Why I get up in the morning
This is a 1982 Fender “the STRAT” Stratocaster and the first time I picked it up I knew it was mine. In almost every respect it’s utterly impractical, while at the same time one of the finest guitars ever made.
We’re often asked to refresh existing brands, sometimes even regenerate fading brands. The STRAT fits nicely into the category of how-not-to case histories.
For a start, the STRAT (note the irritating all caps branding) is insanely heavy – especially by modern standards. But for me anything lighter now feels ephemeral, snowflake, lacking in substance.
At the time the STRAT was designed and launched, it was positioned as a supercharged version of a classic – created to salvage Fender’s declining sales and reputation. In the event, the eye-wateringly high production costs almost sank the company. And it’s easy to see why.
All the hardware on the STRAT is of the highest quality, with a heavy coat of 22k gold plating – the heaviest gold ever used on a guitar. The finish on mine is immaculate. In addition, the bridge assembly is extra-massive, to achieve maximum possible sustain.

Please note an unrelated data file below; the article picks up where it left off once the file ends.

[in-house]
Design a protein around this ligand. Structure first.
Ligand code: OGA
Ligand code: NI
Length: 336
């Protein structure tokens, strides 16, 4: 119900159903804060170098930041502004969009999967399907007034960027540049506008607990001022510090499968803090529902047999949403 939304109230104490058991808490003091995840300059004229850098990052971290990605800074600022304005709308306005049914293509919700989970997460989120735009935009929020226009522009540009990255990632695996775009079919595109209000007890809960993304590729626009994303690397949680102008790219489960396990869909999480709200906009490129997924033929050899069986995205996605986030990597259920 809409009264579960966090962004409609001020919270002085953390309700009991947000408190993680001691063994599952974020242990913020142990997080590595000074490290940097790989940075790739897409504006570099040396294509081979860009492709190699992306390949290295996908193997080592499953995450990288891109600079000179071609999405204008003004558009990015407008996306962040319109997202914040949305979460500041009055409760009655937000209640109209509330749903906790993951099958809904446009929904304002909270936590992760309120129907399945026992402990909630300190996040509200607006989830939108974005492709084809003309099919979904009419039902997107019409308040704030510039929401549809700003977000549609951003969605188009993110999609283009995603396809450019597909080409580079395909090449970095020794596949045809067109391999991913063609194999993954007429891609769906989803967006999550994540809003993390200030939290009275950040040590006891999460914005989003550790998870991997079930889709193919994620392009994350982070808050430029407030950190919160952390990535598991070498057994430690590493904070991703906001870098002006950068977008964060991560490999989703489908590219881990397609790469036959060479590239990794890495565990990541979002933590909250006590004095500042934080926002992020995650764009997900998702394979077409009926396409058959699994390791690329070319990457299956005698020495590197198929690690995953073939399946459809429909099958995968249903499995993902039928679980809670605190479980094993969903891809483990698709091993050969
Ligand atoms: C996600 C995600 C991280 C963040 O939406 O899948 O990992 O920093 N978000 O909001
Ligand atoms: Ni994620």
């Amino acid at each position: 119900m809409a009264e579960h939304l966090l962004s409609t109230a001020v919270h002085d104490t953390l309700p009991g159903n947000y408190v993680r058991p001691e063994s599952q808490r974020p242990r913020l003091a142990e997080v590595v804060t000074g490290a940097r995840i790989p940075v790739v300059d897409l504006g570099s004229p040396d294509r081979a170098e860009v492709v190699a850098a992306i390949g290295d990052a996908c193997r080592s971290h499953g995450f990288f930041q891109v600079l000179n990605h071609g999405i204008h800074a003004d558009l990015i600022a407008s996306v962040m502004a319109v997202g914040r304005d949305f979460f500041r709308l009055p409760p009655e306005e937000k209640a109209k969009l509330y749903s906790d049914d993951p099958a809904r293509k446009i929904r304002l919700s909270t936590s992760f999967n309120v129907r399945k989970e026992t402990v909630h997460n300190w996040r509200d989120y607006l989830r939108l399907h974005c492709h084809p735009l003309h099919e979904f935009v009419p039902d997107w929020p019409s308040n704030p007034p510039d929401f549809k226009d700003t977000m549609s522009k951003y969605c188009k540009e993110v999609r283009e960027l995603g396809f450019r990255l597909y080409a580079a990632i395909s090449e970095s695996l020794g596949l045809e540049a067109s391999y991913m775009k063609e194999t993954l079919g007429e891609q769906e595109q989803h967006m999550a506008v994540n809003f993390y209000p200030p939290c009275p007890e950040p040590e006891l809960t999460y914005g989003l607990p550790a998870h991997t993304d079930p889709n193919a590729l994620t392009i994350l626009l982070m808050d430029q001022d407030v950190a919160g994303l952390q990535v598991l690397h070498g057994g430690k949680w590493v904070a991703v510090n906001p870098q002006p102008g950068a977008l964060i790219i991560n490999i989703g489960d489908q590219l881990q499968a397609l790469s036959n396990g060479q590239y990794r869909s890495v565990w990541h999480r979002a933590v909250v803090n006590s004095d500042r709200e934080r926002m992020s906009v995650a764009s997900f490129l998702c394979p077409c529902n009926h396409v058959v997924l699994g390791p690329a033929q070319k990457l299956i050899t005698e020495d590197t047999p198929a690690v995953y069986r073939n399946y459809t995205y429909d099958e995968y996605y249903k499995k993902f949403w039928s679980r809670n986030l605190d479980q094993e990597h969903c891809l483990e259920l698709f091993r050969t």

In terms of how it plays, aside from the slick rosewood fretboard, the most notable tonal feature is a unique pickup selector which delivers an extra four selections not available on a standard Stratocaster. This helped contribute to the high production costs – due, in part, to the elaborate wiring setup – as well as securing the STRAT’s reputation as one of the most versatile guitars ever designed.
The STRAT was one of the last guitars John Lennon bought before he was murdered. I often think about this. On the other hand, when he first laid hands on it he described it as the dog’s bollocks. Which is just about how I feel each time I pick it up.
Fender discontinued production after three short years. I often think about this, too.
The colour of this iteration of the STRAT is Lake Placid blue, which for the sake of this exercise I’m choosing to see as Kava teal.
In terms of revitalising the Fender brand in the 1980s, the STRAT has to be seen as a failure. And over the years, the shallow and Gibson afficionados have mocked the STRAT’s somewhat frumpy head shape – overlooking the beauty of a body that effortlessly communicates substance rather than seeking to imply it.
These days most regard the STRAT as a misunderstood classic that was way ahead of its time. But then again for a marketing exercise to be right in retrospect is never a good look.